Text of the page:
A tax on jobs

And ‘business leaders’

(democracy_grenade reminds me that I had something to say during the election campaign about the tax on jobs, although I said it in a talk rather than on this blog. It went something like this.)

Cameron and Osborne have also had rhetorical help recently in the election campaign from a gang of people whom you might choose to call, depending on your point of view, business leaders, captains of industry, or self-interested plutocrats. Many of them have lined up behind the Conservatives to denounce the proposed one per cent rise in National Insurance contributions as a “tax on jobs”. Well, yes, in a sense, this is a tax on jobs; in the same sense that all taxes can be described as taxes on things we like. VAT is a tax on shopping. Income tax is a tax on work. Fuel duty is a tax on getting to work. And alcohol duty is a tax on relaxing in the pub, trying to forget about your work.

Nonetheless it is obviously useful to the captains of industry, or the self-interested plutocrats, to call a proposed hike in their contributions a “tax on jobs” — even though, as economists have pointed out, the effect of increases in employer “national insurance” contributions is usually that the cost is simply passed on to their employees, so that wages rise less than they otherwise would have done.



Tax wages not profits

So the “fairer” policies of the new ConDem régime include cutting corporation tax while reversing only that portion of Labour’s dreaded jobs tax which was to fall on employers: workers themselves will not now get the pledged threshold raise. As George Osborne blurted last night through the sneering rubber George Osborne mask permanently superglued to his face:

Our aim is to create the most competitive corporate tax regime in the G20.

I feel sure that competitive here is Unspeak for something — but what, readers?


Take a moment to consider

Research, the Janet Street-Porter way

Janet Street-Porter has written something that is particularly vicious and outright untrue even by the usual standards of the Daily Mail:

There’s a big black cloud hanging over parts of the UK, and it’s not going away. Not volcanic ash — but depression. This relatively new ailment appeared on my radar a couple of years ago, when I discovered that more and more women were claiming they suffered from ‘stress’.

Depression is a “relatively new ailment”, perhaps, in the sense that a term used in medical contexts for 150 years (to ignore arguendo the long history of “melancholia” before that) can hardly compete in the longevity stakes with, I don’t know, demonic possession. But wait, Street-Porter does affect to strike a reasonable note:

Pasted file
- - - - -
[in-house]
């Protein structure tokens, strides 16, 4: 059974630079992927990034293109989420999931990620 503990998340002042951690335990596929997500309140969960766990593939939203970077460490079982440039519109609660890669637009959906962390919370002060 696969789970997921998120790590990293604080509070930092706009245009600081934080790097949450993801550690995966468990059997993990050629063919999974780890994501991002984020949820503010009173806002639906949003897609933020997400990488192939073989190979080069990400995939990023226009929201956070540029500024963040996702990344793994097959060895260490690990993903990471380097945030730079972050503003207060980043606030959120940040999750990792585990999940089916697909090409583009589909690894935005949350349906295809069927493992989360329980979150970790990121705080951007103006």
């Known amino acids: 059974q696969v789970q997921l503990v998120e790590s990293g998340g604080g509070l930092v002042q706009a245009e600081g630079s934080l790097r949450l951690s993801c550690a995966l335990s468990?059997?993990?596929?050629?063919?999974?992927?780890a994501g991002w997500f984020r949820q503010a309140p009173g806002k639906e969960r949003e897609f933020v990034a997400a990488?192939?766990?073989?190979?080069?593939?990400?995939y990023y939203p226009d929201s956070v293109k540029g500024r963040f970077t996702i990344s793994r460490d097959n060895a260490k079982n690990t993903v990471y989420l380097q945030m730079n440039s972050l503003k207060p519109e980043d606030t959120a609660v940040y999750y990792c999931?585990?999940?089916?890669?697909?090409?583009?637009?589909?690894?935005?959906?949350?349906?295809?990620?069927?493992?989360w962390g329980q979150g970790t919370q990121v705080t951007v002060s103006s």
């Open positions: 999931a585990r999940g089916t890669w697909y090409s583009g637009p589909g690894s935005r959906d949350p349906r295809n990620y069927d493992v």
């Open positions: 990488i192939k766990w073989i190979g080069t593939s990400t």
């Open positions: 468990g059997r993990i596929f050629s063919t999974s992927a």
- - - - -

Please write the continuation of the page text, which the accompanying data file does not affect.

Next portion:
I am not denying that clinical depression is a real mental illness, or that it can be debilitating for sufferers.

Oh! Okay!

But let’s take a moment to consider whether depression is common among the poor or the working class?

Oh sure, let’s take that moment!

A: [P]eople living in ‘economic hardship’ on a long-term basis, were much more likely to be suffering from clinical depression than those not living in economic hardship.

B: About one in six Americans say they have at some point been diagnosed with depression, and the rate is nearly twice as high for lower-income people […]

C: Children from poor families are more likely than their peers to be depressed as teenagers, with effects that can ultimately make it harder to climb out from poverty […]

D: [C]hronic depressive episodes […] are associated with poorer physical health, lower quality of life, socioeconomic disadvantage and minority status […]

E: [D]epressive and anxiety disorders [in South-East Asia] are disabling and can prevent sufferers from carrying out their tasks at home and in employment and thus have adverse economic implications for the individual, their families and society. Irrespective of the average per capita income of a society, persons who are at the bottom end of the social hierarchy are at a greater risk of suffering from these disorders than those who are at the upper end.